Airbnb Inc. has rolled out a full refund policy for reservations across the globe in light of the coronavirus pandemic.
The San Francisco-based company said it will extend its virus-related cancellation policy to every country in the world, allowing hosts and guests to cancel reservations with no charge or penalty.
The policy applies to existing reservations made on or before March 14, with a check-in date up to April 14, the company said in a statement Saturday.
“We don’t want guests to feel like they have to travel because they cannot get their money back,” Airbnb’s Chief Executive Officer Brian Chesky said in a tweet as the company issued the statement on its cancellation policy “in response to the extraordinary events and global disruption to travel caused by COVID-19.”
As the outbreak brings travel to a grinding halt across the world, Airbnb faced mounting pressure to extend its refund policy beyond China, Italy and South Korea. The late-stage startup has been fielding complaints from angry guests who have been forced to cancel travel plans beyond these three countries and have been denied a refund.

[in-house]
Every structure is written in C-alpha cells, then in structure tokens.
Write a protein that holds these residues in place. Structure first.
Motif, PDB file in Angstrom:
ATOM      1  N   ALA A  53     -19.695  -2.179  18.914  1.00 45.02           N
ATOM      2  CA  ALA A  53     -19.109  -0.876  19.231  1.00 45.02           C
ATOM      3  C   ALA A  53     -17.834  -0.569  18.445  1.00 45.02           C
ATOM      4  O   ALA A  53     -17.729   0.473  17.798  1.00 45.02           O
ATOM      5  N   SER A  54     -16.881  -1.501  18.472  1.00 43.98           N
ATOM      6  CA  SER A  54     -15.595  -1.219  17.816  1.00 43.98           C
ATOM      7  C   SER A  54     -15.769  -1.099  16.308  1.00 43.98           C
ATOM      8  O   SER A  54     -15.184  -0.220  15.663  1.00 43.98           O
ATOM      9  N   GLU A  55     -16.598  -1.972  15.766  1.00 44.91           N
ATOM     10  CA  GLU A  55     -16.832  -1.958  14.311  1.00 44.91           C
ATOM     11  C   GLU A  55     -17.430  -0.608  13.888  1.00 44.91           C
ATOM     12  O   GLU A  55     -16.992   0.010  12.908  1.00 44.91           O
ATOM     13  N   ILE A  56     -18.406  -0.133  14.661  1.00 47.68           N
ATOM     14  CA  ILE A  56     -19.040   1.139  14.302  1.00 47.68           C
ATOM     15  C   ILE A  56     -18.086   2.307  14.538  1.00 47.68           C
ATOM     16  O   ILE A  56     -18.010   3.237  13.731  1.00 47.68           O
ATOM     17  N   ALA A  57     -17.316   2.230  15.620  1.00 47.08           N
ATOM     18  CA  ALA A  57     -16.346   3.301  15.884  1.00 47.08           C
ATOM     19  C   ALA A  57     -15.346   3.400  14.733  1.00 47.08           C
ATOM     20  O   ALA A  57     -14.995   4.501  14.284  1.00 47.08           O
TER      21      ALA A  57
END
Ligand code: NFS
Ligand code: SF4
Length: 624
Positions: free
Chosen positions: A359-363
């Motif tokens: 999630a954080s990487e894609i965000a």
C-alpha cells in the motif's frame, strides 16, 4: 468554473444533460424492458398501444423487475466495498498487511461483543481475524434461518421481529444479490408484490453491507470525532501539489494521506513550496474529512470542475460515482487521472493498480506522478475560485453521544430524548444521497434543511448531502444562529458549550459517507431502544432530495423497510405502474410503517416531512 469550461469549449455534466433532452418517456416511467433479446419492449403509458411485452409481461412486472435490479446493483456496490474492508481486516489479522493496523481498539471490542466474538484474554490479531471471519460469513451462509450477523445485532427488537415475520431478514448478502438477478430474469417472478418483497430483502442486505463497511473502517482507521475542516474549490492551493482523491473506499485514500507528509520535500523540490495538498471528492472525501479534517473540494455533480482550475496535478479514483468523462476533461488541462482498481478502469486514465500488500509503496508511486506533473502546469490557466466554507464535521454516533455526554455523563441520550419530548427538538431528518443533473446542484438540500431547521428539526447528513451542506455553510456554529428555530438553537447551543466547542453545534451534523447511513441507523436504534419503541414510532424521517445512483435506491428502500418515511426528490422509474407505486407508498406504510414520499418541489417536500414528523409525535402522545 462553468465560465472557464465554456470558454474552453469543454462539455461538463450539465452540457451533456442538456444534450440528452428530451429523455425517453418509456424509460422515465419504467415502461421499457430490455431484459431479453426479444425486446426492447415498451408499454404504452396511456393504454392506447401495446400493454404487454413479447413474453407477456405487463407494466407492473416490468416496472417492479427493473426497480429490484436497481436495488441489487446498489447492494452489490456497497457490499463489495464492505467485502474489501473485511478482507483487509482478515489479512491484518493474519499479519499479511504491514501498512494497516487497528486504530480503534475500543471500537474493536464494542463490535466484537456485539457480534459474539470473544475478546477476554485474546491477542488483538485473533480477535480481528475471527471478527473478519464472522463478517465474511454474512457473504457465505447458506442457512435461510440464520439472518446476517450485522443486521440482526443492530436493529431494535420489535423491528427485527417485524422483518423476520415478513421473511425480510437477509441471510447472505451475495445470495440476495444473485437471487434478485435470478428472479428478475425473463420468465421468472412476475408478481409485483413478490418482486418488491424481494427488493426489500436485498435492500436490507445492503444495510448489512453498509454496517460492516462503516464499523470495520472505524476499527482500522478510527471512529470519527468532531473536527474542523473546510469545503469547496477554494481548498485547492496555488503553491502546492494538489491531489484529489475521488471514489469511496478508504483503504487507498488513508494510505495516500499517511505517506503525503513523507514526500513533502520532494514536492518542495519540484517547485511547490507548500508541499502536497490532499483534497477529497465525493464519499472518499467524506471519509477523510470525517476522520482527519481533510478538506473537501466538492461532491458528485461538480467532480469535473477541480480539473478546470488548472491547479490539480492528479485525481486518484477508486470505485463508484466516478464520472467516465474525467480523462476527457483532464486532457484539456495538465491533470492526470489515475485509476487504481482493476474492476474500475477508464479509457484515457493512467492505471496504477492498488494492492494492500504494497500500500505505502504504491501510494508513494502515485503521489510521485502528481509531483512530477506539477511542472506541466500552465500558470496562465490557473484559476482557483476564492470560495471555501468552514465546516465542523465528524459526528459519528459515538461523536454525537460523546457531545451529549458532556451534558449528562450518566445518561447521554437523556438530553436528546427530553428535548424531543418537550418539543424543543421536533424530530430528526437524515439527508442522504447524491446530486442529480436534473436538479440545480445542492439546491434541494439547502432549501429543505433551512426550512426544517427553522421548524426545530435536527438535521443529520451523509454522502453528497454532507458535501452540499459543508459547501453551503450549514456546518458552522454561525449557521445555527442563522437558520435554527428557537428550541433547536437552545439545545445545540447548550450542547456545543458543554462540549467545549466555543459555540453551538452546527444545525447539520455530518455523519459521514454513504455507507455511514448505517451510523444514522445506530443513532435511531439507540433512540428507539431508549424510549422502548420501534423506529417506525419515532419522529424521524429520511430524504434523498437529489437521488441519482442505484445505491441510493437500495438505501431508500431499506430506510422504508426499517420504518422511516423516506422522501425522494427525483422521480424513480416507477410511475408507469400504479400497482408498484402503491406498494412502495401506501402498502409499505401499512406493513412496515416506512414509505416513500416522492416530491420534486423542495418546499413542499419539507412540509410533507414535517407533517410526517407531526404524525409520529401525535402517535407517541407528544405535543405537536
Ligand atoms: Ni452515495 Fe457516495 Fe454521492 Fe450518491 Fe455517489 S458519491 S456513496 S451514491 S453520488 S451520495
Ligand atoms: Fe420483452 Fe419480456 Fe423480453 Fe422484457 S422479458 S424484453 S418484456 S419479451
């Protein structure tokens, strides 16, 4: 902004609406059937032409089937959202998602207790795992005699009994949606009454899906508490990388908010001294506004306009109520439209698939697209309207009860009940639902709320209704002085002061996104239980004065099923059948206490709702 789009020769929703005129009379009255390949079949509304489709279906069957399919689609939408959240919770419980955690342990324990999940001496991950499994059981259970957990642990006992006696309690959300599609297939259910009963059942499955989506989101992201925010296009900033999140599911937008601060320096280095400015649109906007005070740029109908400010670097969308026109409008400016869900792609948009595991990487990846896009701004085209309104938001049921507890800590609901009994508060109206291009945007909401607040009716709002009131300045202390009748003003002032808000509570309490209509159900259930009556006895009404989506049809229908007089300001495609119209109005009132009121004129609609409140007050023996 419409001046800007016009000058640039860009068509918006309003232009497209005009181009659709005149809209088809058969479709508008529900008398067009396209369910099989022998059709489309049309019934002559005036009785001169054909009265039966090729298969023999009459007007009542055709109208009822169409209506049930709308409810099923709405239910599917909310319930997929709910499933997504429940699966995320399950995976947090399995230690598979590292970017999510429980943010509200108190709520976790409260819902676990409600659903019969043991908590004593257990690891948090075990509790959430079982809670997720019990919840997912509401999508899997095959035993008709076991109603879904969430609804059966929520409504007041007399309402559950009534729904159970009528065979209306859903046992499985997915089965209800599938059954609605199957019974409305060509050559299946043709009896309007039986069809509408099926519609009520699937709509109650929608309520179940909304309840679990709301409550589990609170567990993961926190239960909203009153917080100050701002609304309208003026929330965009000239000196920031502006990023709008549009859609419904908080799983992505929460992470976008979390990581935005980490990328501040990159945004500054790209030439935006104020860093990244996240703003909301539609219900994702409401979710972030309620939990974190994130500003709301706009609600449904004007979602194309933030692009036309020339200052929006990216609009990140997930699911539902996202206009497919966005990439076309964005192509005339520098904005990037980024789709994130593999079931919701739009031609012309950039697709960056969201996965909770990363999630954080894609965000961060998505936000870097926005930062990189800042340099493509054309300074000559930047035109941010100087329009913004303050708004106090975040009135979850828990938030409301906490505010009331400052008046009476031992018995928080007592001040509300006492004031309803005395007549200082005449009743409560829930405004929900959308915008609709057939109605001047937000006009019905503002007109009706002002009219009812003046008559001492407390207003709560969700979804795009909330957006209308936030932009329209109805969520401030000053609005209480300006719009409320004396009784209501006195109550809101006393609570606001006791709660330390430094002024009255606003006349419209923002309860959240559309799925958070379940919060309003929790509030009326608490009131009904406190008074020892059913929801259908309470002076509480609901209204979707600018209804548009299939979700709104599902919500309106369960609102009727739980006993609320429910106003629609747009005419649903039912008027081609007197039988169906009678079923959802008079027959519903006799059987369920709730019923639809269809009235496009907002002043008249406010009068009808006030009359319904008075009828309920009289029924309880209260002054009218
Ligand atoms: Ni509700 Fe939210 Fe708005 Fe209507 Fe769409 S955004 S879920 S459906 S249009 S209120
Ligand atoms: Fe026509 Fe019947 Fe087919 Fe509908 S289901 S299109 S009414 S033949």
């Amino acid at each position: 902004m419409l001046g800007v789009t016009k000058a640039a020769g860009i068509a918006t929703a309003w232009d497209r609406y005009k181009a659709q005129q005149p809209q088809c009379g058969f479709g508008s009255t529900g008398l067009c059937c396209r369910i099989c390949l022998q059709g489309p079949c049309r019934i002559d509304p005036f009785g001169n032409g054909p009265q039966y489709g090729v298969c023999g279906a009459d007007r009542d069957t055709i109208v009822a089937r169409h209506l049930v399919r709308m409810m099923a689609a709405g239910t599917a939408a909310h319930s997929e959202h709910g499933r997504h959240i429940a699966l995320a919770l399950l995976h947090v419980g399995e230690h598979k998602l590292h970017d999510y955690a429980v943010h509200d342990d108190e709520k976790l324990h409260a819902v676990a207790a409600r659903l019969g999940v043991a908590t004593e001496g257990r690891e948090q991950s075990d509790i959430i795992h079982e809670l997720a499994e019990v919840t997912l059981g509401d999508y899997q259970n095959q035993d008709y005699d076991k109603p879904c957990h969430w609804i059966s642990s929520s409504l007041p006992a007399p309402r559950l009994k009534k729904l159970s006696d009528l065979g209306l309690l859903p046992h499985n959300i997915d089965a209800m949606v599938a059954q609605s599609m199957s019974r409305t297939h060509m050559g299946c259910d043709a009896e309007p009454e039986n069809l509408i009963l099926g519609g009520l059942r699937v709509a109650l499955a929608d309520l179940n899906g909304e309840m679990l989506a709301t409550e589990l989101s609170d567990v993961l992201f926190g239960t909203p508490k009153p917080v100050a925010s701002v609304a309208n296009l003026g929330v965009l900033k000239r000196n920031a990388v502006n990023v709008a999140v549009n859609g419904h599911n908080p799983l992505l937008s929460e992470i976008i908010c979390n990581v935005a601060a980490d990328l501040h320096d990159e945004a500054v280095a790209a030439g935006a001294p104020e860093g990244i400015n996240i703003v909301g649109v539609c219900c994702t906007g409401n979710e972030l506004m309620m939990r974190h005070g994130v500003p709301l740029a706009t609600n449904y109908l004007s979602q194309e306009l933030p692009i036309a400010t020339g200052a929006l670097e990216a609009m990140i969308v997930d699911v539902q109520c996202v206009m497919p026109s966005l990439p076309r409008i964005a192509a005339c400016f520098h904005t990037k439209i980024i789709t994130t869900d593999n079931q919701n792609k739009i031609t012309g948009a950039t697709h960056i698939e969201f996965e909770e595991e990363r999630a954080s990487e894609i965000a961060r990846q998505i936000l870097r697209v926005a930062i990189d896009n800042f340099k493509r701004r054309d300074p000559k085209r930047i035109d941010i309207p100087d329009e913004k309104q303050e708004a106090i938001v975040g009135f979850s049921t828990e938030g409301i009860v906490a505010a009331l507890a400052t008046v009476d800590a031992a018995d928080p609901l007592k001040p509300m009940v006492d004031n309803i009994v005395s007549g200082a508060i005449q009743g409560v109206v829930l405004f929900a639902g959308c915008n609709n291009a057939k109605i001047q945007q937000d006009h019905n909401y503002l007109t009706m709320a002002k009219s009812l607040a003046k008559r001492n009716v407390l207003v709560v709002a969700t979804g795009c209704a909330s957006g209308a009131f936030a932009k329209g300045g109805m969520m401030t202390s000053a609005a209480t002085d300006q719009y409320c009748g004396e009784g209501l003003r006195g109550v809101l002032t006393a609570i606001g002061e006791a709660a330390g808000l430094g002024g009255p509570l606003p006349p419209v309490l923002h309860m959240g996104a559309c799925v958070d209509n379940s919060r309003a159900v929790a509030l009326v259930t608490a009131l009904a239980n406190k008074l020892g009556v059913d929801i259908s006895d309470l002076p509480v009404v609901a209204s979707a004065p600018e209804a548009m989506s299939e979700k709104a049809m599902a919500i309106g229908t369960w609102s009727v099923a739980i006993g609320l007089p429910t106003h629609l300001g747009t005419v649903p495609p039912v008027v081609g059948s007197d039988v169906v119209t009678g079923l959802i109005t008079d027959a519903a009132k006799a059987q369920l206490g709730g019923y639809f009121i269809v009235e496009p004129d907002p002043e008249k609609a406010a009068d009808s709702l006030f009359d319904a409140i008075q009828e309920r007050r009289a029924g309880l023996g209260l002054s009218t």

After U.S. President Donald Trump limited travel from most of Europe last week, Airbnb added the U.S. -- its biggest market -- to the list. The new policy will, however, exclude domestic travel in mainland China, which is expected to return to normal rules on April 1.
Unlike big hotel chains, Airbnb is a two-way platform, which means for every guest cancellation it approves, there is a host at the other end who winds up out of pocket.
“We understand that this announcement will impact hosts around the world, many of whom depend on the economics they generate on Airbnb,” the company said in the statement. Chesky also said the majority of its hosts have chosen to give their guests a partial or full refund.
Over the coming weeks, Airbnb said it would build tools and initiatives to support its hosts during the pandemic.
Under the new coronavirus policy, Airbnb will not collect any fees or benefit from any canceled reservations. “We’re in this together,” the company said.